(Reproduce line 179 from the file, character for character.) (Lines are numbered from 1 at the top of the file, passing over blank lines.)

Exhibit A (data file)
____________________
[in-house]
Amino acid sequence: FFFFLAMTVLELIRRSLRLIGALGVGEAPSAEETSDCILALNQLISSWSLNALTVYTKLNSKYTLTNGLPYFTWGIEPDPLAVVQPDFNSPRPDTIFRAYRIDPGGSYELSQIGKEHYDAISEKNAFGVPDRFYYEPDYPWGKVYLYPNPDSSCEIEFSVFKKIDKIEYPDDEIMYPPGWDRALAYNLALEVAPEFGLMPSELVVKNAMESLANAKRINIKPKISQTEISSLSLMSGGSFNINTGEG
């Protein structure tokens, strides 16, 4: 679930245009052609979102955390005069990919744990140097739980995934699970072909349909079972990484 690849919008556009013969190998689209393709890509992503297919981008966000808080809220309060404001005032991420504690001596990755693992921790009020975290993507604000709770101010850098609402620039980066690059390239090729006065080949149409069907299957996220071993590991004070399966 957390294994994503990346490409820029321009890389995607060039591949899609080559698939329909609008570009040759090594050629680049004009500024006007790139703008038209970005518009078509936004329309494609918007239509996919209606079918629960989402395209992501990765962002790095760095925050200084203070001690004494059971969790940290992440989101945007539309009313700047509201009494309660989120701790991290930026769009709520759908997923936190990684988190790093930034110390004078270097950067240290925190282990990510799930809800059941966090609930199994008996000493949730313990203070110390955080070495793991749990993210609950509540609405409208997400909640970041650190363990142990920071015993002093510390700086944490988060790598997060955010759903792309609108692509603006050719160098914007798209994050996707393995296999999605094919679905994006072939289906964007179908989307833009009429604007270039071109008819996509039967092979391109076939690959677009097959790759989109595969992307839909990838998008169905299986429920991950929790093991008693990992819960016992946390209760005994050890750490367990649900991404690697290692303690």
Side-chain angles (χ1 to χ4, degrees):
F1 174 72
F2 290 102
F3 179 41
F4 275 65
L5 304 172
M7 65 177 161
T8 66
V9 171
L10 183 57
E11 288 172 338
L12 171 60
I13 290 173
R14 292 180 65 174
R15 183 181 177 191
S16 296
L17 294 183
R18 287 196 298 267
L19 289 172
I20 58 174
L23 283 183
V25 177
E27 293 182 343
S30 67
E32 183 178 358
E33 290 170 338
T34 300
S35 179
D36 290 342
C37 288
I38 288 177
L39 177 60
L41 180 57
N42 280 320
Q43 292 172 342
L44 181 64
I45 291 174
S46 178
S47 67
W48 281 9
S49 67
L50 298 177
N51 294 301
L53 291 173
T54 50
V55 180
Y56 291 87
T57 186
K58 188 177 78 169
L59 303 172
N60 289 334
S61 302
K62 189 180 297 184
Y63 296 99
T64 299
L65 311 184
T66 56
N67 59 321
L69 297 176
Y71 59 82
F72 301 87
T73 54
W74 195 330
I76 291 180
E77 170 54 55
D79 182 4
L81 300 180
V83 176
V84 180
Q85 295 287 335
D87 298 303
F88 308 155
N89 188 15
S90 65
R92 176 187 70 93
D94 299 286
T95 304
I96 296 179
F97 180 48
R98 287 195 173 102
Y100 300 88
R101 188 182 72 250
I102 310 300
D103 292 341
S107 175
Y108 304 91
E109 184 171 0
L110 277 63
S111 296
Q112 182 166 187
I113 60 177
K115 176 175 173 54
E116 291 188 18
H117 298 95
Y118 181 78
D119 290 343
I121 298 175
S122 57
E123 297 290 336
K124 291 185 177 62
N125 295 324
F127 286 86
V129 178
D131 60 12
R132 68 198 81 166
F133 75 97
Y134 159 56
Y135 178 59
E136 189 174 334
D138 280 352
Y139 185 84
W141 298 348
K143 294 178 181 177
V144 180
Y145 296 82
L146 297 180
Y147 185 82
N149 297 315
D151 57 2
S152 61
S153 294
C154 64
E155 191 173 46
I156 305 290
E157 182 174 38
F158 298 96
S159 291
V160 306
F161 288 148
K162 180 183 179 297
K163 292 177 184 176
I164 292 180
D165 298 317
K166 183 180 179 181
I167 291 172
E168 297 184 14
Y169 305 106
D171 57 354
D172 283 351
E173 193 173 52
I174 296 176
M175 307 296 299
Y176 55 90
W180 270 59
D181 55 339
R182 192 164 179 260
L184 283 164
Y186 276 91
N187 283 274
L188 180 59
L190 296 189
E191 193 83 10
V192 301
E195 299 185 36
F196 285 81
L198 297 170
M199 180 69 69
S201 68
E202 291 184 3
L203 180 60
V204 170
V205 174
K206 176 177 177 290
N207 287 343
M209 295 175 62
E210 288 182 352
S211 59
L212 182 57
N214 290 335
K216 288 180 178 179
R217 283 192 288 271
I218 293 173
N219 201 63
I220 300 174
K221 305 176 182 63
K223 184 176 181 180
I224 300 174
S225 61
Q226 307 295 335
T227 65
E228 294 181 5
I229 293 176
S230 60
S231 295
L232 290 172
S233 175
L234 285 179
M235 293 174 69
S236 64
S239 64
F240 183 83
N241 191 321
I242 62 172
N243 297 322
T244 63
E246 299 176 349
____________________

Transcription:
K223 184 176 181 180